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Doublestupid Question

Anyone else have a hard time with the concept of doublethink the first time around?doublethink doubleread

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Posted by on October 29, 2013 in 1984


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In the Face of Tragedy

Old Man in Sorrow Vincent van Gogh

I love a happy ending, but the value of tragedy is no longer lost on me.

Tragedy, he perceived, belonged to the ancient time, to a time when there were still privacy, love, and friendship, and when the members of a family stood by one another without needing to know the reason.

For Winston this realization comes with the recollection of his mother’s sacrifice for him.  Even though he cannot remember the reasons for that sacrifice, he does know that in his current condition such a selfless act could never occur.

Today there were fear, hatred, and pain, but no dignity of emotion, or deep or complex sorrows.

I’m not a fan of sorrow, even when it doesn’t manifest itself in complex and deep ways.  But I do put a pretty high value on privacy, love, friendship, and family.

So, if anyone asks how reading the WEM list has changed me, I think my answer will be colored by these passages.  For the dignity of emotion is a gift transferred from one generation to another through the arts, and exposure to their fear, hatred, and pain teaches us the value of our own safety, love, and freedom.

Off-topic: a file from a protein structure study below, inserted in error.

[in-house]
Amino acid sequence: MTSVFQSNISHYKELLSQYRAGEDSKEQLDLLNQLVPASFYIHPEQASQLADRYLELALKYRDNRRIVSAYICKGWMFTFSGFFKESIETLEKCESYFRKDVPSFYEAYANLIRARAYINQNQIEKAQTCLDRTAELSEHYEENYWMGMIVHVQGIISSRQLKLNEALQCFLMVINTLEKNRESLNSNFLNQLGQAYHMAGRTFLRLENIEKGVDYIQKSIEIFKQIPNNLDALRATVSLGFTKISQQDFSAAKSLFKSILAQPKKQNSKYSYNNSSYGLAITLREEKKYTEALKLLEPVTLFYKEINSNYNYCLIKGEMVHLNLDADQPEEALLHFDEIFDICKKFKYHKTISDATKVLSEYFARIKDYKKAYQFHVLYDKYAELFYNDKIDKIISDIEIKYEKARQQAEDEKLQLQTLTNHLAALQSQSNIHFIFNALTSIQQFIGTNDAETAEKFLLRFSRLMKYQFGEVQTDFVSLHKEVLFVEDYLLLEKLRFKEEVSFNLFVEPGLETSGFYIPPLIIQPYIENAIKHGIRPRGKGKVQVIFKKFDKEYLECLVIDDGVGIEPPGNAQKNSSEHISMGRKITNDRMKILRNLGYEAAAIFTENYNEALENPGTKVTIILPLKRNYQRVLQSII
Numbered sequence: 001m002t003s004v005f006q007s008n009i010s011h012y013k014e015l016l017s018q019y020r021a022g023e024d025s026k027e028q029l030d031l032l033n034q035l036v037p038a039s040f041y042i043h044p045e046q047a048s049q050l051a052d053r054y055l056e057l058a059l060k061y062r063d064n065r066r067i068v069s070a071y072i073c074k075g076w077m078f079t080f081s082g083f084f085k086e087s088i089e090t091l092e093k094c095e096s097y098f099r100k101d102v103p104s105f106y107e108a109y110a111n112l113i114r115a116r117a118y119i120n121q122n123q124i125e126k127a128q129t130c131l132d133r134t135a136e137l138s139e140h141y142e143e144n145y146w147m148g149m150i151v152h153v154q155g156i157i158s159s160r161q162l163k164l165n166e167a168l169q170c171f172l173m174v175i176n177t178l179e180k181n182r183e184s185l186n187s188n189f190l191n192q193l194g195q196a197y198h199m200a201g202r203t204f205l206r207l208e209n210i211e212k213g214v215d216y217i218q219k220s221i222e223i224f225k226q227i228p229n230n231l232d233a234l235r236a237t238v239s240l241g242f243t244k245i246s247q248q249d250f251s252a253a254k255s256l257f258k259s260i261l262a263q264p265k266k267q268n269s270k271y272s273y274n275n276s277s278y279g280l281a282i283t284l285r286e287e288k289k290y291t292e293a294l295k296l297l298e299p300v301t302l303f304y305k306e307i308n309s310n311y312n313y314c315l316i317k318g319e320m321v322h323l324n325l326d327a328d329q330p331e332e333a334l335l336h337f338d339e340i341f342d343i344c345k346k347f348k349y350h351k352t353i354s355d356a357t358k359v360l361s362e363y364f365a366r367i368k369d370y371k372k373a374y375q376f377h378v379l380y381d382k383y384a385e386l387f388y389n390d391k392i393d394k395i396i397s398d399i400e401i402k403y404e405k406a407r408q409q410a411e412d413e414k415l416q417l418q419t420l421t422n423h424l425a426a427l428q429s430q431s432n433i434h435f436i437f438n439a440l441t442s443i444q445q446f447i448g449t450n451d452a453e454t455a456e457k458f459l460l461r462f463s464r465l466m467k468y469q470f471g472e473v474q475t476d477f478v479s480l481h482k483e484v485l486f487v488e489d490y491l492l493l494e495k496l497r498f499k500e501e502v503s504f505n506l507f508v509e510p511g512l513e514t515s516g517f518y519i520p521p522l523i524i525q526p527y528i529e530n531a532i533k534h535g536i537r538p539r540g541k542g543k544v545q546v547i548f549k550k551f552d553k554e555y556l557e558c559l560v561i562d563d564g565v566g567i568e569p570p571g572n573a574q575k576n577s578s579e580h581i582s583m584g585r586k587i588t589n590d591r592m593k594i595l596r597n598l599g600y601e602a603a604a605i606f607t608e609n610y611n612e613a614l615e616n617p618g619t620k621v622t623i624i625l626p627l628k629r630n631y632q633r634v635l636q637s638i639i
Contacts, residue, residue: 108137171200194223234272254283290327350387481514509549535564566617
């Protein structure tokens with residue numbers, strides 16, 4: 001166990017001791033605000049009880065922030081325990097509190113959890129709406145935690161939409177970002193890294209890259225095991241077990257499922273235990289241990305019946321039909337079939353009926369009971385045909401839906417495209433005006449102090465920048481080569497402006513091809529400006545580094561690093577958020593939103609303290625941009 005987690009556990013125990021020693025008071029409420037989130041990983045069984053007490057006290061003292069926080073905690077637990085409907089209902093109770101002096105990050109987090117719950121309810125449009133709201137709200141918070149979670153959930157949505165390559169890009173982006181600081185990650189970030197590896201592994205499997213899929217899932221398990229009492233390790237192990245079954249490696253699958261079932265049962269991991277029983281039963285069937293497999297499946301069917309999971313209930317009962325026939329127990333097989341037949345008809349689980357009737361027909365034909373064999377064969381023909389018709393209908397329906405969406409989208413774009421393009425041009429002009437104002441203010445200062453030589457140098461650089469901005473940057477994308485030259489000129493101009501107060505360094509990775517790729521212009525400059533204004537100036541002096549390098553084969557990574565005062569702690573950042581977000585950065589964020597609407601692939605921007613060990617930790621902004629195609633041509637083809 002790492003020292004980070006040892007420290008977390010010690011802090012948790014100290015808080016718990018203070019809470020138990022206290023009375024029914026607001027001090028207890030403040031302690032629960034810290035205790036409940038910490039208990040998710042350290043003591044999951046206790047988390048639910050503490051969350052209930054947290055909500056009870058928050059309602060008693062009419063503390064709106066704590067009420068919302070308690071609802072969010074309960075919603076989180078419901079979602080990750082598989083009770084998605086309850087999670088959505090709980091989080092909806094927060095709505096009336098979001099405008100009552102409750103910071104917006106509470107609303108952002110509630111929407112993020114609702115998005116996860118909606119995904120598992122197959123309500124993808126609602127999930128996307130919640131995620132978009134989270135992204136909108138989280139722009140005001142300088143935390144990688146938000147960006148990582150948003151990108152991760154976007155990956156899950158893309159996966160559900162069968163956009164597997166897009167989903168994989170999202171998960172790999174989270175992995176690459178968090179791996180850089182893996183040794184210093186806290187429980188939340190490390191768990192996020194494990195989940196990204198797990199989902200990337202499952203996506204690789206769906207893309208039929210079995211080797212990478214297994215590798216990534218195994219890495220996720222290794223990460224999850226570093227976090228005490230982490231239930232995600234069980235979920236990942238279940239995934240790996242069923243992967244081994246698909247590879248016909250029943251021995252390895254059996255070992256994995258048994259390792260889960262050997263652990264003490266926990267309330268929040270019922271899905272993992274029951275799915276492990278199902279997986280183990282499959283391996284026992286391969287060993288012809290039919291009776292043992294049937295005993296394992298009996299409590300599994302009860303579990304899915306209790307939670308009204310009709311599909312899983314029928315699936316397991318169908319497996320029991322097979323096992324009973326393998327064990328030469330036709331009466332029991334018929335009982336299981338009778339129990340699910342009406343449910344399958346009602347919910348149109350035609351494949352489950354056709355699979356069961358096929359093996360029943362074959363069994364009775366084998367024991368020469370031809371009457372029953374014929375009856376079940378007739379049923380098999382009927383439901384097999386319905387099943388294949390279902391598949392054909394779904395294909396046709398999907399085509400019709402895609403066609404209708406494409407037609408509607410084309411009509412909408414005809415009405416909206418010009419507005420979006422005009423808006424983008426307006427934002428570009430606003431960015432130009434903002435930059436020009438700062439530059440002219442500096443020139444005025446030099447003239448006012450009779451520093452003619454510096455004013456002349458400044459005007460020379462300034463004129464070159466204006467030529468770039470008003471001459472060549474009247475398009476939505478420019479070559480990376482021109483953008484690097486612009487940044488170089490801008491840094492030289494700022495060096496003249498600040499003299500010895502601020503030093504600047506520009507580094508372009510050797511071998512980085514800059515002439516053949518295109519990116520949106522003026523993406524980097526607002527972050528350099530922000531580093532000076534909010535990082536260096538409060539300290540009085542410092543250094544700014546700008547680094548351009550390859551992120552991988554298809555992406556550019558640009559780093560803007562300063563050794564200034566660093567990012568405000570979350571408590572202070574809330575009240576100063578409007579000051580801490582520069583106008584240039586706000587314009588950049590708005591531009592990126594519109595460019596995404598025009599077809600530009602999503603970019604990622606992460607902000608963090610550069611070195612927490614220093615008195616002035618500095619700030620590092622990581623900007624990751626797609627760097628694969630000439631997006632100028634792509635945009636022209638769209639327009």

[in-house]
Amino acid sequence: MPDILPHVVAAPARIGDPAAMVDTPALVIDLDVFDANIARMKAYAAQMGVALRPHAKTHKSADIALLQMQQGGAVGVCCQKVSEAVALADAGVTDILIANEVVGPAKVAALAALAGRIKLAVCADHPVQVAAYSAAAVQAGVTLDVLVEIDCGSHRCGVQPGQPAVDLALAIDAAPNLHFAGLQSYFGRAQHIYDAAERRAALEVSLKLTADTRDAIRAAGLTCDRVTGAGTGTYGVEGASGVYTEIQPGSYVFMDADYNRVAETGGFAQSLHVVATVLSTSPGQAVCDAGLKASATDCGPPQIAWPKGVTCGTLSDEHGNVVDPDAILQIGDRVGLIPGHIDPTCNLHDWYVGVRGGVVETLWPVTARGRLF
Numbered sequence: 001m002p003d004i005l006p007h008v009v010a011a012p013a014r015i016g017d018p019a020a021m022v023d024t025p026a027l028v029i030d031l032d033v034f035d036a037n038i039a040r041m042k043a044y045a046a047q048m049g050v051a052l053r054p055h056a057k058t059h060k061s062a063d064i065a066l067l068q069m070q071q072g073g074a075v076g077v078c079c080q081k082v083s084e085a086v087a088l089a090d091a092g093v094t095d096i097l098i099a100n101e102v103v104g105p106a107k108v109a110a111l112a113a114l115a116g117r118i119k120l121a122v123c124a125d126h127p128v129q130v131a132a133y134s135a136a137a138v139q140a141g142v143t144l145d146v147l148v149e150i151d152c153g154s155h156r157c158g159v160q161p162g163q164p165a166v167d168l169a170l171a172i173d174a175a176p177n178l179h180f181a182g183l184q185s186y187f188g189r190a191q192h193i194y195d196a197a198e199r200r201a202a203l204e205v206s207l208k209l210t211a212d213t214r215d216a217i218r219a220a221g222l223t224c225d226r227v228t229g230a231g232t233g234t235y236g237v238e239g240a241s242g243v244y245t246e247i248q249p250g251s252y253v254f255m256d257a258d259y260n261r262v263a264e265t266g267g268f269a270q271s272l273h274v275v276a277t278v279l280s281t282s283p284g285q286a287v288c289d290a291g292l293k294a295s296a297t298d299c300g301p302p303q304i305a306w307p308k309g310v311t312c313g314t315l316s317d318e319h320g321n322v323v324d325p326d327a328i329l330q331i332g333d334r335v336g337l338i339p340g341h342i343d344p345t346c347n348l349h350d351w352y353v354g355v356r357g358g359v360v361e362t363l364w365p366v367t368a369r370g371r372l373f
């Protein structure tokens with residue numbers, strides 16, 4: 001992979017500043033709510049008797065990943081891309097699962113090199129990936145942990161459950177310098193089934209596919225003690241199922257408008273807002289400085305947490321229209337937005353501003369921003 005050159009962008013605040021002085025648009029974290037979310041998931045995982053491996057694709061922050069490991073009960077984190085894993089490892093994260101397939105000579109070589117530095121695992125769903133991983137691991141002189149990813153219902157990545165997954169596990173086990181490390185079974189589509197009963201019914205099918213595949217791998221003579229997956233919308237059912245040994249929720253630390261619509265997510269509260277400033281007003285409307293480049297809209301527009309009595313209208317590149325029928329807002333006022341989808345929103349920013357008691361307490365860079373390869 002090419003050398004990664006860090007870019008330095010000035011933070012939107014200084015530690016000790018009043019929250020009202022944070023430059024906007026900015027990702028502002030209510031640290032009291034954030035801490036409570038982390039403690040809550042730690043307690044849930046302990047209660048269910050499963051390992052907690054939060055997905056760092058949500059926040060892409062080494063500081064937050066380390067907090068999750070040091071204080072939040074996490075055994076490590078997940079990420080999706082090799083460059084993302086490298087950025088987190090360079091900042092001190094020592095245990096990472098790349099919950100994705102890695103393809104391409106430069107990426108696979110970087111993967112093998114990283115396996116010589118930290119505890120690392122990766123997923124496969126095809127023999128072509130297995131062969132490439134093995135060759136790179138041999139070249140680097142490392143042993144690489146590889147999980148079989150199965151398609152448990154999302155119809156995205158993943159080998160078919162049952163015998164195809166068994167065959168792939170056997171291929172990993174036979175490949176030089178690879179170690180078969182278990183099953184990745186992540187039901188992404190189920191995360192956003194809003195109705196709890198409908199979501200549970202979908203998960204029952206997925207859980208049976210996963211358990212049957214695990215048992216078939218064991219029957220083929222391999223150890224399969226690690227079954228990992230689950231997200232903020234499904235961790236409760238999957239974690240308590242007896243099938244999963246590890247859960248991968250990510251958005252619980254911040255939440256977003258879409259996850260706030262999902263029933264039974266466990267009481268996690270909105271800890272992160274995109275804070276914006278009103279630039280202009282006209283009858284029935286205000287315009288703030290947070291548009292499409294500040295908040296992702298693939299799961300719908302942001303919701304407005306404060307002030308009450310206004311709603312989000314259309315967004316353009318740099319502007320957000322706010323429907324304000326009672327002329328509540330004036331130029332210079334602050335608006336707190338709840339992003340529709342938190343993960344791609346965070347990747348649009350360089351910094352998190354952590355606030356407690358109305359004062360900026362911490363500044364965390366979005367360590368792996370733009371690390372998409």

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Posted by on October 27, 2013 in 1984


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Rip and Shred the Insanity Asylum

Every Saturday morning the three of us here at Classic Case of Madness drag ourselves out of our respective beds, yank on varying layers of compression gear, lace up the shoes, and hit the pavement.  Our run is followed by something newly deemed “abstavaganza” by Christine.

It’s just enough for you to know that there are weights, unladylike sounds, sweat, and a fair amount of complaining that goes into the exercise.

I used to think it was all pretty horrible, but then I realized it could be worse, we could have the government critiquing our every push-up through the telescreen.

Physical Jerks?  Yes.  Physical Jerks in front of jerks?  No.  Because, at least so far, my CCOM comrades haven’t started quasi-quoting the best lines from Book One Chapter III.

Physical Jerks 1984Put a bit of life into it!

6079 Roberts C!  Yes, you! . . . You’re not trying.

Watch me again.  I’m forty-oneish and I’ve had three children.  Now look.  You see my knees aren’t bent.

You can all do it if you want to.

Anyone under forty-five is perfectly capable of touching his toes.

We don’t all have the privilege of fighting in the front line, but at least we can all keep fit.

And if they do begin to utter such encouragements, I’ll see to it that they star in their own personal fitness DVD and you, too, can reap the benefits.  Jillian Michaels, watch out.

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Posted by on October 26, 2013 in 1984